Warning — graphic images
A woman needed emergency surgery and was left with a “deformed” ear after her piercing became infected and had to be sliced out.
Stella Blezard, 19, spent £30 on a piercing in the cartilage of her ear earlier this year but within hours it was bright red.
The next morning she woke up in agony to find her ear was swollen and crusty and, having visited her GP, was given a round of antibiotics.
But after a week her ear continued to swell and fill with puss, so she decided to go to A&E to get it checked.
There she was put on an IV drip and was told doctors would need to perform emergency surgery as her ear had become dangerously infected.
The operation saw doctors slice open Blezard’s ear to retrieve the piercing, leaving a “heart-shaped” dent.
Now the University of East Anglia student wants to warn others about the potential dangers of infections following piercings.
“My ear was so swollen it actually covered my piercing,” she says.
Though Blezard has had other piercings done before, she says this one really hurt straight afterwards.
“The next day it was just really red which I thought was a bit weird,” she says.
“I try not to tuck my hair behind my ears, so I don’t bring attention to it.
“I just wanted a piercing and now have been left with permanent damage.”
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How to look after a new piercing
According to Dr Rekha Tailor a former GP and now cosmetic doctor at Health &Aesthetics after having a new piercing it is quite usual for the skin to be tender red, itchy and more delicate than usual for the first few weeks.
“White skin may appear a bit red and dark skin may look darker than usual. It may also be giving out a pale fluid that forms a crust. This is all normal and nothing to worry about,” she adds.
If the area you’ve had pierced is your nose or ear, Dr Tailor says you may notice some lumps around the piercing site.
“These are pockets of trapped fluid called granulomas and can be treated by soaking a cotton pad (avoid cotton wool as it has small fibres which can clog in it) in warm water and holding it against the area,” she explains.
In order to look after a new piercing properly Dr Tailor recommends cleaning it twice a day with warm, salty water, which will help to soften any crusting.
“Try to turn the piercing while you’re cleaning it and dry it afterwards. If it’s a mouth piercing you can use salt water or an alcohol free mouth wash to gargle with,” she adds.
You should also try to avoid touching the area too often or with dirty hands, as this can transfer bacteria into the wound.
“Also don’t pick the crusting or twist the jewellery when it’s dry,” Dr Tailor adds. “It’s also best to avoid swimming for 24 hours after having a piercing.”
In terms of spotting whether your piercing has been infected, Dr Tailor recommends looking out for the area around the piercing becoming hot, painful or swollen, or extremely red or dark (depending on your skin colour).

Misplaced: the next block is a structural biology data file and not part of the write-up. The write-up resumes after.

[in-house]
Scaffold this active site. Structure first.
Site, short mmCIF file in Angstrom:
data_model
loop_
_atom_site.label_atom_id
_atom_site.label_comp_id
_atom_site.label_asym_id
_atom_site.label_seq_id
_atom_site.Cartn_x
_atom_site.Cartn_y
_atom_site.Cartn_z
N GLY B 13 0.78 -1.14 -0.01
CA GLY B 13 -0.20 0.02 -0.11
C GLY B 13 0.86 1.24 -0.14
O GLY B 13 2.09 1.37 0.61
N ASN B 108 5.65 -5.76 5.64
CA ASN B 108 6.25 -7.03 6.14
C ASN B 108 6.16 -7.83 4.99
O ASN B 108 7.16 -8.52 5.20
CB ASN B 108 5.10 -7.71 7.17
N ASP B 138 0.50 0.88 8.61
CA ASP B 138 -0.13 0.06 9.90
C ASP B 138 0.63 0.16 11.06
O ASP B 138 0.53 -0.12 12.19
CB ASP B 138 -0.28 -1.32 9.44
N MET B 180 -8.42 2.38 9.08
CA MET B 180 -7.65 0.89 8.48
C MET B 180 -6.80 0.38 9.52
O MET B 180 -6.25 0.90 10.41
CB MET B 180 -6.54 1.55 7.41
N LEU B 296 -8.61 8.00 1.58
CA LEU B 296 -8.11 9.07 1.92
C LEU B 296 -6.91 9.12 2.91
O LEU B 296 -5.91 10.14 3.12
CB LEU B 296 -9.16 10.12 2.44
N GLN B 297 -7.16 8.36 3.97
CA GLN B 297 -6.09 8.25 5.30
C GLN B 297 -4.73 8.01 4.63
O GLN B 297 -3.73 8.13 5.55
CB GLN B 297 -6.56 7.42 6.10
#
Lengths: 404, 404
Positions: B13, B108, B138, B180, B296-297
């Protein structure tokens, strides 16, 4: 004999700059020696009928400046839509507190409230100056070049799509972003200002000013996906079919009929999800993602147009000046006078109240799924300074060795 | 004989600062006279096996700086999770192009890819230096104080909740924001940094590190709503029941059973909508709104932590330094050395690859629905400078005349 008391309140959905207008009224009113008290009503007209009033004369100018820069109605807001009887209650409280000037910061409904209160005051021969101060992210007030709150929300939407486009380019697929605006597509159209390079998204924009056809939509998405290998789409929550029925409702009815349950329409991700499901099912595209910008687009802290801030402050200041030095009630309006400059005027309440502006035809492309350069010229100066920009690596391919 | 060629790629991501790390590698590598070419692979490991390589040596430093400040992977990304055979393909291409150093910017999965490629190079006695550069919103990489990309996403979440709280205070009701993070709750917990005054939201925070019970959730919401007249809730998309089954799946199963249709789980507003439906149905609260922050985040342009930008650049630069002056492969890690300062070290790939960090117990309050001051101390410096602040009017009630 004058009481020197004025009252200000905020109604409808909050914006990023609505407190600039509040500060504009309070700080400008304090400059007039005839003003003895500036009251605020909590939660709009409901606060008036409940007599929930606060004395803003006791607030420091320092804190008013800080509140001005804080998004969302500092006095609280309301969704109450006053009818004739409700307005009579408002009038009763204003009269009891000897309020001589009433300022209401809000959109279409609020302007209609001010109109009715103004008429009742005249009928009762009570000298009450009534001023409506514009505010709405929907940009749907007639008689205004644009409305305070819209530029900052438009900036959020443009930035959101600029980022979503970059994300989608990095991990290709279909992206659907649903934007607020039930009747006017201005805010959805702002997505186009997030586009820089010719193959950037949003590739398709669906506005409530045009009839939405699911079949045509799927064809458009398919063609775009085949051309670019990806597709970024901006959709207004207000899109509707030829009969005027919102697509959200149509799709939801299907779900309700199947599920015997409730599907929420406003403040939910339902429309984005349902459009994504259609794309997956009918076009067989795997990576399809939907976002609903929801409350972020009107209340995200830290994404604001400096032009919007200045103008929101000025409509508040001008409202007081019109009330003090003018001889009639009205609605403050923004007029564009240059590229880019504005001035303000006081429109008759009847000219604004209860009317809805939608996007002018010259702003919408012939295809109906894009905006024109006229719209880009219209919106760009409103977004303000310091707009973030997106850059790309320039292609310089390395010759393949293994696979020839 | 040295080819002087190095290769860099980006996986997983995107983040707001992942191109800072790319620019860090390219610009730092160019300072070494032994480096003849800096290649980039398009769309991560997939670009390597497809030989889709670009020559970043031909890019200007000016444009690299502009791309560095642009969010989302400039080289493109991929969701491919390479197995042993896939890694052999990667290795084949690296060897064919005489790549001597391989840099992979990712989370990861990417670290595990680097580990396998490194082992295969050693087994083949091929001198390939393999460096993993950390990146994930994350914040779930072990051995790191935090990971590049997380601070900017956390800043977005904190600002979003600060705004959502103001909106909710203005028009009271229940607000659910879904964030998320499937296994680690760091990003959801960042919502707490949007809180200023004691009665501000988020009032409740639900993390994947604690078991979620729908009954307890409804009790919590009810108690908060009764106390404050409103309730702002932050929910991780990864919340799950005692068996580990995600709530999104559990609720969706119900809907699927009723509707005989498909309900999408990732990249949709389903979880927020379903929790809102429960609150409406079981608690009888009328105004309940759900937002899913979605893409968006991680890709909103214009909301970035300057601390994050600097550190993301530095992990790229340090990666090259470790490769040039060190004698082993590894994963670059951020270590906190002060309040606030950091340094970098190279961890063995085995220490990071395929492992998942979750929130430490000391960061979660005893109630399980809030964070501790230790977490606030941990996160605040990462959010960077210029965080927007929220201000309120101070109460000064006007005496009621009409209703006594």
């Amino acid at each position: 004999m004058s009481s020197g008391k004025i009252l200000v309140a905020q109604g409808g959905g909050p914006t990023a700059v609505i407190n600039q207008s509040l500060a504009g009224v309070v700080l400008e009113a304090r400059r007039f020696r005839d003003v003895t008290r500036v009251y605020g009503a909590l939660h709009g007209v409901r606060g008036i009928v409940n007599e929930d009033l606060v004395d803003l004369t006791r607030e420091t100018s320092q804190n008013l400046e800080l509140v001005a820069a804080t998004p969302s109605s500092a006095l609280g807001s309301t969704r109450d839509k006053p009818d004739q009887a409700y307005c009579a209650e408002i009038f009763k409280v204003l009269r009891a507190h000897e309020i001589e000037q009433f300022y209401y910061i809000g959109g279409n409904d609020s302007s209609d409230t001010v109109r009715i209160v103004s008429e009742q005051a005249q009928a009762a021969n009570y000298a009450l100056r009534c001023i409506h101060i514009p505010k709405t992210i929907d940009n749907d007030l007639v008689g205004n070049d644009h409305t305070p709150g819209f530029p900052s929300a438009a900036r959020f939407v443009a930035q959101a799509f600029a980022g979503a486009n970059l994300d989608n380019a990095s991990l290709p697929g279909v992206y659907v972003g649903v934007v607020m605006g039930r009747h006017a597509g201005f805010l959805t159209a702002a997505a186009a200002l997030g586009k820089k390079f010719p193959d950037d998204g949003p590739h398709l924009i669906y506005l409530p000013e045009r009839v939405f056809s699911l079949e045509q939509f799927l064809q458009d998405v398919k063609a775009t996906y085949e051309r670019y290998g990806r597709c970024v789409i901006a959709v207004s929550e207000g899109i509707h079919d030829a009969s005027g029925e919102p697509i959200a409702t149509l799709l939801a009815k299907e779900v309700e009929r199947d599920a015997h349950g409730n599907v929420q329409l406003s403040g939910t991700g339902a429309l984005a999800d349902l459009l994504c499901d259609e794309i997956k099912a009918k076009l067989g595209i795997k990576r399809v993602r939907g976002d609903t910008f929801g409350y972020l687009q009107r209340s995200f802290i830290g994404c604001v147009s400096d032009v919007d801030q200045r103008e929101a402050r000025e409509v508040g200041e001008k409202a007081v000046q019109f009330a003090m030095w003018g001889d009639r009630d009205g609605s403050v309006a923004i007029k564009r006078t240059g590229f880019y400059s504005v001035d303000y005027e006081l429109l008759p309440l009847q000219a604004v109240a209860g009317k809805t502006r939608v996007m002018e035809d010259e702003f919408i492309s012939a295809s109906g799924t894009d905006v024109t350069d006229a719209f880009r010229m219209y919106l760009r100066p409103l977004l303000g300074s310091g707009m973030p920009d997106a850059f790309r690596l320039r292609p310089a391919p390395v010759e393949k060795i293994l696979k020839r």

“If there’s blood or puss coming out and/or you feel hot, shivery or unwell you should seek medical advice because this could be the sign of an infection,” she says.
Finding a reputable place to get pierced
According to Rhiana Rose, body piercer at Crimson Tear Tattoos the first thing you should look for when looking for somewhere reputable to get a piercing is to find somewhere where the piercer is happy to chat through what you want to get done.
“A reputable place will be able to provide knowledge on aftercare, piercing processes but also provide advice on places to get pierced if you’re not 100% sold on one area,” she says.
“Piercing and tattoo studios often have a stigma around them, so it is important to go somewhere you feel comfortable and relaxed, especially if you’re about to get something new.”
Rose says word of mouth can also be important as businesses need to ensure that they’re offering the best level of service and aftercare practices to get people coming back.
“Ask around, look on Instagram, read comments and reviews, call the place you want to go - it’s so important to do your research before making your decision about where to get your piercing.”
According to Rose a reputable piercer will support their customers with aftercare.
“We always recommend that if anyone has any problems to get back in touch. A lot of people try to diagnose issues themselves and treat problems incorrectly, which can make things worse.
“If you’re having issues, go back to the piercer or call them and they should be able to give you the best advice.”
Rose says the main cause for infection is usually aftercare.
“If the piercing itself has been done with sterile equipment, the piercer is wearing gloves and all the jewellery is good quality then there is next to no chance of infection being caused from the piercing itself,” she adds.
Additional reporting SWNS.